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A while ago, a church friend invited me to give a talk about homelessness at her local community group in Los Angeles. More than two dozen people showed up that night—much more than usual, my friend later told me. That night we squeezed into a living room and for two hours talked about how to best help the homeless in our city.
I was encouraged to see these young Christians express genuine concern for their homeless neighbors, but I could also sense their feelings of helplessness, frustration, guilt, and anger: How did we let things get so bad? Why don’t things seem to improve, despite all the money we’re flooding into the system? I’m not doing anything to help, but volunteering at soup kitchens seems like pasting Band-Aids over gushing wound—so how can I make a difference? How can the church help?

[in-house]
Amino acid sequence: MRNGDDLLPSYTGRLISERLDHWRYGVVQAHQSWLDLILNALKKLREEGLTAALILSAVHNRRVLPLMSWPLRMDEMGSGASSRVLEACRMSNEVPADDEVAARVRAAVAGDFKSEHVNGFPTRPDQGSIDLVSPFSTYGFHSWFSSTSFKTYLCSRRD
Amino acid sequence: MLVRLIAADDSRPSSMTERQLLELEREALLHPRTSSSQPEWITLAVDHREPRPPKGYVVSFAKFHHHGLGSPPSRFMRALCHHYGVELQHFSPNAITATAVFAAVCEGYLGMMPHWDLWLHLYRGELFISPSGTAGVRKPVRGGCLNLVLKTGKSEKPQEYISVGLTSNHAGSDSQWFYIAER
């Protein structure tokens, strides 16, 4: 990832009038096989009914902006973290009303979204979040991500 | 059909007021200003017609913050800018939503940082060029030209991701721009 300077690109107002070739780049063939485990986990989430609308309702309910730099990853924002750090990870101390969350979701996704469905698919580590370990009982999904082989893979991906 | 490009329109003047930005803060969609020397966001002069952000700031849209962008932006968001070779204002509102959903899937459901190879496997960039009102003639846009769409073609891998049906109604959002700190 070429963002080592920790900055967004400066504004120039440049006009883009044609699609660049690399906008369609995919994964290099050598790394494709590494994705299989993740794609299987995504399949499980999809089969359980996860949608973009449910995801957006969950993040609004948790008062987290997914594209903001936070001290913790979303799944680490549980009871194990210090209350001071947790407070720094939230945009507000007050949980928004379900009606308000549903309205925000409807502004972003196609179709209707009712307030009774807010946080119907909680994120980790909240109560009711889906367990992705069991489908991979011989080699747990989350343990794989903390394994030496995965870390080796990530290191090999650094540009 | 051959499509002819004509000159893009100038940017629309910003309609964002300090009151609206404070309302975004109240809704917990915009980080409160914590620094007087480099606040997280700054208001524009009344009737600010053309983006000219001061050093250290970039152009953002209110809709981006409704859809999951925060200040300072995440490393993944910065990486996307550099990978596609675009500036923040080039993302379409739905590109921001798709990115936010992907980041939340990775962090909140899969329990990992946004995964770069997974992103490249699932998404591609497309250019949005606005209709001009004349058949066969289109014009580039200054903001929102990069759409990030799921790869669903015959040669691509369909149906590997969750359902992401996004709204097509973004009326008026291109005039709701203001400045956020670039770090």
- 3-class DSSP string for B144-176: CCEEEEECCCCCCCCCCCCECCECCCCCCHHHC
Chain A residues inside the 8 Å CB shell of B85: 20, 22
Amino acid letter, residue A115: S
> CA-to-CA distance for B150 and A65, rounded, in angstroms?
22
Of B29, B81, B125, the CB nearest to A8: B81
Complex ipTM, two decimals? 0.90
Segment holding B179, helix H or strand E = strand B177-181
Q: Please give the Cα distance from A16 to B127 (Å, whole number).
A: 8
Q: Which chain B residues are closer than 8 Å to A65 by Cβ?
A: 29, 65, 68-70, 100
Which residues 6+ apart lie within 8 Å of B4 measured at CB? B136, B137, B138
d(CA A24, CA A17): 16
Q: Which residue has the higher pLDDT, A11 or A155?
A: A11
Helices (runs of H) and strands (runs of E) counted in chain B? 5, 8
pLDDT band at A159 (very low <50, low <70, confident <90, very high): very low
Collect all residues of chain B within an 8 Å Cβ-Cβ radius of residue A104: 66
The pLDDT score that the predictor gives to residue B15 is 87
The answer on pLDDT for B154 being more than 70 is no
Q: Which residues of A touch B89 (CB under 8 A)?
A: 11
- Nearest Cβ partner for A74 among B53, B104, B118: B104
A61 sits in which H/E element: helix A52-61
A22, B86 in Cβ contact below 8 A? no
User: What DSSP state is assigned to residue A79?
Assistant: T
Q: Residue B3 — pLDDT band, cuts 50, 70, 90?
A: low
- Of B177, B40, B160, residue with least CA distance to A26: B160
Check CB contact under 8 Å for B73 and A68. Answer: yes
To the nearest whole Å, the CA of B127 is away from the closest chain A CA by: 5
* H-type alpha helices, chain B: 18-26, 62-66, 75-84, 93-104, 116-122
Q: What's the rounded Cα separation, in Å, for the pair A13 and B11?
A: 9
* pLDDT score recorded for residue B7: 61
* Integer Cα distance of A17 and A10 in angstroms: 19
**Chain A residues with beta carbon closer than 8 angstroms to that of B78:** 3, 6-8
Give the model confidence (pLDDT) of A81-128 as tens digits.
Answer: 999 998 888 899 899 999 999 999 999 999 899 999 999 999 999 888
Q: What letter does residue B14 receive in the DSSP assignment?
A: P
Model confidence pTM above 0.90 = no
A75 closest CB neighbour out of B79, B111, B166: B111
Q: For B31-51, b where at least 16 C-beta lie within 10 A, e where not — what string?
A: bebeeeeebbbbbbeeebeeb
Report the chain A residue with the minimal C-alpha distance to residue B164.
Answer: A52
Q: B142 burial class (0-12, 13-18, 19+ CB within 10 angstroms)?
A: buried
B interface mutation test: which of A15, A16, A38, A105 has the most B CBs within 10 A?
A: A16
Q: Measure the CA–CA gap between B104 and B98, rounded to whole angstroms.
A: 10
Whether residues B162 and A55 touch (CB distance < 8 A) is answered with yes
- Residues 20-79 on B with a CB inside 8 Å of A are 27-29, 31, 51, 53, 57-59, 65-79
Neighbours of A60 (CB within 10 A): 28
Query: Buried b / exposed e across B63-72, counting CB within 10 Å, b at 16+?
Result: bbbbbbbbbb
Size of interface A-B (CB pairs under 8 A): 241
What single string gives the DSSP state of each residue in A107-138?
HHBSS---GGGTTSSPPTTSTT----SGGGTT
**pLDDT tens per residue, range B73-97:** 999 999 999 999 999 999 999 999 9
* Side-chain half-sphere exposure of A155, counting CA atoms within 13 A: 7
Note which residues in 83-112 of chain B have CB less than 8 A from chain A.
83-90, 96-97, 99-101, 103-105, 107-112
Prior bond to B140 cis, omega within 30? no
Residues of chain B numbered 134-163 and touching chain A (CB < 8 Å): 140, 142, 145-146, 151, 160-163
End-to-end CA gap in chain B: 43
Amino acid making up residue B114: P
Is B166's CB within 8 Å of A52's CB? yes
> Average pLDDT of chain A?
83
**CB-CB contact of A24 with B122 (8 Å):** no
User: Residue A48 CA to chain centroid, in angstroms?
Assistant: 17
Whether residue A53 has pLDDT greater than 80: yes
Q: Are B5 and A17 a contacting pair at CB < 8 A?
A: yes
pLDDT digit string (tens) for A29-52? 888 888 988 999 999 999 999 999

I share their feelings—and those feelings have magnified after seeing the most recent homeless count for Los Angeles: In one year, the number of homeless individuals in Los Angeles has grown 16 percent, and in LA County, it has grown 12 percent. We have at least 59,000 individuals without a home—59,000! That’s the size of a small city.
The report really isn’t shocking to us Angelenos: We all see the visible growth of homelessness in our city. But it is still incredibly devastating and disheartening. Many Angelenos feel duped. Last year alone, we spent $619 million on housing and services for the homeless. In 2016, we voted for a $1.2 billion bond to build 10,000 new supportive housing units in 10 years, and then we taxed ourselves an extra $355 million to pay for more services.
It’ll take years for us to see any results, and according to what city employees and developers tell me, we’re probably not going to meet our 10,000-unit goal. The city has begun construction on several housing projects, but many more are stuck in bureaucratic pipeline as construction costs continue to rise. Meanwhile, more and more people are sleeping on the streets.